While Aardman gets final say on the script, Telltale's attacked the material with typical enthusiasm, producing a story that encompasses "some new entrepreneurial ideas from Wallace, unintended consequences, Gromit saving the day, Wallace saving the day (no, really!), dastardly villains, colourful locals, romance, kidnapping, chase scenes, camaraderie, and Wensleydale", says Grossman. We're also promised all manner of new and loony contraptions. "Wallace is forever coming up with more elaborate ways to drive a nail, and he naturally continues to do so throughout this series. Several of the new inventions have to do with food for some reason, including one that scans the molecular structure of common objects and makes ice cream flavoured to match." As for those chase scenes, a couple of contraptions can be ridden upon, "and there is one which is worn on the head". Correct. "Pandemonium is caused, resulting in an air raid and at least one arrest by the local constabulary."
In and around that, Grossman says the team has continued to refine its storytelling and placed greater emphasis on non-player characters, who are now actively engaged with the player and his or her actions whenever they're nearby, rather than waiting to be summoned with a mouse-click. "Interacting with them, one feels that these are scenes based on characters, rather than character inhabiting scenes," says Grossman. "And in addition to their relationships with Wallace and Gromit, they also have complex, evolving relationships with each other. The characters in Grand Adventures are our liveliest yet."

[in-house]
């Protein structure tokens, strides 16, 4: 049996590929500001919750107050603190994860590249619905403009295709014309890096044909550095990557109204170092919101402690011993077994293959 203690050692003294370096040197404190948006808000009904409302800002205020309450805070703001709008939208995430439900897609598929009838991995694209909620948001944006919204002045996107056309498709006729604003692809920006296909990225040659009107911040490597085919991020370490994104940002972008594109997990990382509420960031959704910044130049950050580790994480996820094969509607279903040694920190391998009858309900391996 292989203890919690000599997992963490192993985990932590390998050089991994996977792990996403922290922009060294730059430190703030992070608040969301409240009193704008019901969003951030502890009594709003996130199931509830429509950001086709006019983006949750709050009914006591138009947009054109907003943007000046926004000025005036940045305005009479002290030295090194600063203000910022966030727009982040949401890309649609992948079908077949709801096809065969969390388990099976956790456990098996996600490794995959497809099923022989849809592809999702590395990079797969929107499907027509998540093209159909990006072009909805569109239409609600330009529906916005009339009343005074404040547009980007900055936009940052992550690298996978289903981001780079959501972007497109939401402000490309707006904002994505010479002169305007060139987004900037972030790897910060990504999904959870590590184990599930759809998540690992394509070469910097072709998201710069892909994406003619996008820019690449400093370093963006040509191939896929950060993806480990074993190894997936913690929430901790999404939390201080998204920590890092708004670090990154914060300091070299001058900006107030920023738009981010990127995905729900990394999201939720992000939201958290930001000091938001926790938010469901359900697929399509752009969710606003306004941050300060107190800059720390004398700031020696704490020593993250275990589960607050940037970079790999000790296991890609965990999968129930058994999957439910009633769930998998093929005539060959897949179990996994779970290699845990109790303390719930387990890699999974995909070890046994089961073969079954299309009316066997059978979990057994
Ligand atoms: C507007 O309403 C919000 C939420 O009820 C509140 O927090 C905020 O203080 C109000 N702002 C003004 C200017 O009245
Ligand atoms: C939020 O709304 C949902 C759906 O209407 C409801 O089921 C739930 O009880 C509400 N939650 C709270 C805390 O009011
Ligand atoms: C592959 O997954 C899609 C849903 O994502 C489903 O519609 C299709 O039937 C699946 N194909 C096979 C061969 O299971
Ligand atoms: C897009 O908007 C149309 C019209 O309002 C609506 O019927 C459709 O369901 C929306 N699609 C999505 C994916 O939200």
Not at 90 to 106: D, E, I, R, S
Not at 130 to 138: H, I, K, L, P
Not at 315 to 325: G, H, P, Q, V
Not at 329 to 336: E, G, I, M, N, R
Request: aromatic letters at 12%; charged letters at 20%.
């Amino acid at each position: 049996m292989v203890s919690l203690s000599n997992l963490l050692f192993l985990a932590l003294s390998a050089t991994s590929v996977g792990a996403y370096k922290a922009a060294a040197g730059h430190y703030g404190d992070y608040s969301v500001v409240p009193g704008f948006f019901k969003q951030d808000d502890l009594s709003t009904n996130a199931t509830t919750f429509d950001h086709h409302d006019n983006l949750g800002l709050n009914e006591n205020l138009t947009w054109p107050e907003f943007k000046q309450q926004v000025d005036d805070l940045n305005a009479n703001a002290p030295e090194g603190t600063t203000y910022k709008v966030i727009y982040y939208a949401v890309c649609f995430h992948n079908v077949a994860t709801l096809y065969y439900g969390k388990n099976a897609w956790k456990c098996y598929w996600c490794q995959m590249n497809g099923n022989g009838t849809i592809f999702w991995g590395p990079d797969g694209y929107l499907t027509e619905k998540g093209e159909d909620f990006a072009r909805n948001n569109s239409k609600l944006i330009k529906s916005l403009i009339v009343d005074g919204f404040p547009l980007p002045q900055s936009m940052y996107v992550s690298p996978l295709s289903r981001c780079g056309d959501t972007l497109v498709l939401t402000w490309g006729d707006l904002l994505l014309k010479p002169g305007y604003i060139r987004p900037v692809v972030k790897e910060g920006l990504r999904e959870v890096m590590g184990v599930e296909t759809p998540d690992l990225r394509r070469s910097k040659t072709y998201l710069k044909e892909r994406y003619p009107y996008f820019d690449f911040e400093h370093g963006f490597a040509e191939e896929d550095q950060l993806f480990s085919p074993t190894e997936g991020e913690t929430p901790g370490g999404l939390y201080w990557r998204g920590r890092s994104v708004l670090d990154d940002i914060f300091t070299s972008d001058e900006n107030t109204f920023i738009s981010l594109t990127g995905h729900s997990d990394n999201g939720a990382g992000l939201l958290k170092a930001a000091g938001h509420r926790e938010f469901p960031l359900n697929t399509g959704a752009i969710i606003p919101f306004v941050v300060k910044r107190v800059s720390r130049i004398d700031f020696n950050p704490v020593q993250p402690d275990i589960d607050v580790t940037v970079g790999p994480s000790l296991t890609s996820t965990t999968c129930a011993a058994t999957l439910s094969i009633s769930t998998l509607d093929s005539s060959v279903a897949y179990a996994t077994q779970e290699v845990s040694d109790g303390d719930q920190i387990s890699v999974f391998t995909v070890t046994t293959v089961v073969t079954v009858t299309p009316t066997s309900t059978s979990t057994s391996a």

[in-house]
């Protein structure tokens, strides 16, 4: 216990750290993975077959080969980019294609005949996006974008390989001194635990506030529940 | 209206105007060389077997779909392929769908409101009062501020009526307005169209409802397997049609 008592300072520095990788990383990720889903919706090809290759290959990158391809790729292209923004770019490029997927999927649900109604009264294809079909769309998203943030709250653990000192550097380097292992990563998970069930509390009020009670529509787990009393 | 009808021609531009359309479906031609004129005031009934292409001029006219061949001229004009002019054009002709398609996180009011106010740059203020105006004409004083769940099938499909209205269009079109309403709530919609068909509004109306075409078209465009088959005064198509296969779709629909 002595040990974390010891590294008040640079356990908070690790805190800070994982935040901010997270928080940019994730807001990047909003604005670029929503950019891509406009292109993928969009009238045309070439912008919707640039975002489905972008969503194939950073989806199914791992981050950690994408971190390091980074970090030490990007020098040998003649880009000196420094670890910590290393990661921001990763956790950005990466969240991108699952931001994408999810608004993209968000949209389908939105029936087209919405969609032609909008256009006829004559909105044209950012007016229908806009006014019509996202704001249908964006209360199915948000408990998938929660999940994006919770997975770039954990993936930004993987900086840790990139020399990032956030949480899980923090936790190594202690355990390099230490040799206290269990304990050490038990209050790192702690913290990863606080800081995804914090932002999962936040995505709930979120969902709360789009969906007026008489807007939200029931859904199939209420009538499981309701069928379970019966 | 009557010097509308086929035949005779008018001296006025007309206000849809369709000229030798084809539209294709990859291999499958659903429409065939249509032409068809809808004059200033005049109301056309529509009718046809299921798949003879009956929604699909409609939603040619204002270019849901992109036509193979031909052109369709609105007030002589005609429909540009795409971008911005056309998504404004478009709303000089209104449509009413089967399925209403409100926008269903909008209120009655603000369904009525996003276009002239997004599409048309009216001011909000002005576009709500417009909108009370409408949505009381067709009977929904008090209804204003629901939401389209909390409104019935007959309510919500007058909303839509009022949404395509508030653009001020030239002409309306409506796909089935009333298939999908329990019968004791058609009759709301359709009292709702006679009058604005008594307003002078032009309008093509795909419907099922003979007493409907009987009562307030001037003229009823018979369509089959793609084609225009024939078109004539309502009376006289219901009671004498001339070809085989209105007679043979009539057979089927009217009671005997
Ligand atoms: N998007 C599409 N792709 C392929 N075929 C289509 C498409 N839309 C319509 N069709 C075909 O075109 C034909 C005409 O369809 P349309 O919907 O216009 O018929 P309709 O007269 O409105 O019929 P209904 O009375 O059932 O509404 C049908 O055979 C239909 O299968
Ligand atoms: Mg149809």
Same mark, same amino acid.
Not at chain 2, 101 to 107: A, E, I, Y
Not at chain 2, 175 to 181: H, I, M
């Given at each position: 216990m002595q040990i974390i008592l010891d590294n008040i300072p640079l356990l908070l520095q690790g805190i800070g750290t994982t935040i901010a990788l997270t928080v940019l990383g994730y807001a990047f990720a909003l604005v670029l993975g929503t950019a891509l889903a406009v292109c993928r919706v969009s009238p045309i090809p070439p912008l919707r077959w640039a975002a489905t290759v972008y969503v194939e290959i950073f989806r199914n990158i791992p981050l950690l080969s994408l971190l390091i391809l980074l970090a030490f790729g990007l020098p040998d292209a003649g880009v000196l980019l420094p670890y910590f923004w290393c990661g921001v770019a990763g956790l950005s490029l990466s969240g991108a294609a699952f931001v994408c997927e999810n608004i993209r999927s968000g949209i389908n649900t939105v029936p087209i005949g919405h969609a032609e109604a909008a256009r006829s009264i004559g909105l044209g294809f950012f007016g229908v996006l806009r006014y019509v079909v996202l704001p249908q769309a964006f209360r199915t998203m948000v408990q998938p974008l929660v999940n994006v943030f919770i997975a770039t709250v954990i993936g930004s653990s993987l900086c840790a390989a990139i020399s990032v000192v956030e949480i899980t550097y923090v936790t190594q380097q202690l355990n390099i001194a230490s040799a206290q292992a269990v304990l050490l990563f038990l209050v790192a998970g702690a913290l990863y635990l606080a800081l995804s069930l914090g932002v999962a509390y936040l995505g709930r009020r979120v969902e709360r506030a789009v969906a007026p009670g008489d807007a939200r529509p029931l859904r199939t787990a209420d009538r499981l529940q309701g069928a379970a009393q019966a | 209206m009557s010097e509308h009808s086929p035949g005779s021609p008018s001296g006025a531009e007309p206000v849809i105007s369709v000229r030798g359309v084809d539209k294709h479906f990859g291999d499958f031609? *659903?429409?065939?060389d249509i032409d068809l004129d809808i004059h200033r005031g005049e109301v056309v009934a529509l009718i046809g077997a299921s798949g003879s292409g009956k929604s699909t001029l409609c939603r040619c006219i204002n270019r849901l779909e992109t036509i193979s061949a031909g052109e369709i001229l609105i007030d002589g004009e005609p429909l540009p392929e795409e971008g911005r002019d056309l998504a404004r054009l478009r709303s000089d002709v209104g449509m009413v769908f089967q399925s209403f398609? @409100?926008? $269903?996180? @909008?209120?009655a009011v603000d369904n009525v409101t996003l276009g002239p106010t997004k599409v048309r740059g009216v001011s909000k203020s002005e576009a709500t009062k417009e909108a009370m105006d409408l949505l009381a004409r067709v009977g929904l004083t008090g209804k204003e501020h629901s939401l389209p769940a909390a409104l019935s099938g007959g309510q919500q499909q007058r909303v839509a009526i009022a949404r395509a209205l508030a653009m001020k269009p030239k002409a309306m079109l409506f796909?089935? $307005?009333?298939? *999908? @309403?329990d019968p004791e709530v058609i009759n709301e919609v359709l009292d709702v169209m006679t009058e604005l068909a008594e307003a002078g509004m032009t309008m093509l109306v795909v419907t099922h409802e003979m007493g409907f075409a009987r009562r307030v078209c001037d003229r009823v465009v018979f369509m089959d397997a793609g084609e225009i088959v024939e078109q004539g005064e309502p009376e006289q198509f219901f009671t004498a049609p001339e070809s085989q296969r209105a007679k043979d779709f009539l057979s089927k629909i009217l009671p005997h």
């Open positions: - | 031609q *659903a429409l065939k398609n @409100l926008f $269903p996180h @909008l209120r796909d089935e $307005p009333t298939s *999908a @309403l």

To help maintain the British feel of the series in the face of Telltale being American and therefore genetically responsible for the US versions of Coupling and Men Behaving Badly, Aardman also put them together with an editor who has worked on Wallace & Gromit before, Tristan Davies (whose name may also be familiar to readers of Private Eye, The Independent and the Sunday Times). "Tristan Davies has been going over all of our stories, designs, and scripts with a tweezers, helping us make sure that the premises, humour and culture all feel appropriate to Wallace & Gromit," says Grossman. "And naturally, he rewords dialogue, although some of our writers seem to be developing a fair ear for it as we go along... Hopefully there are enough British eyes on the project to keep it clean, and the odd Americanism that manages to slip through will feel more like an Easter Egg than a wart."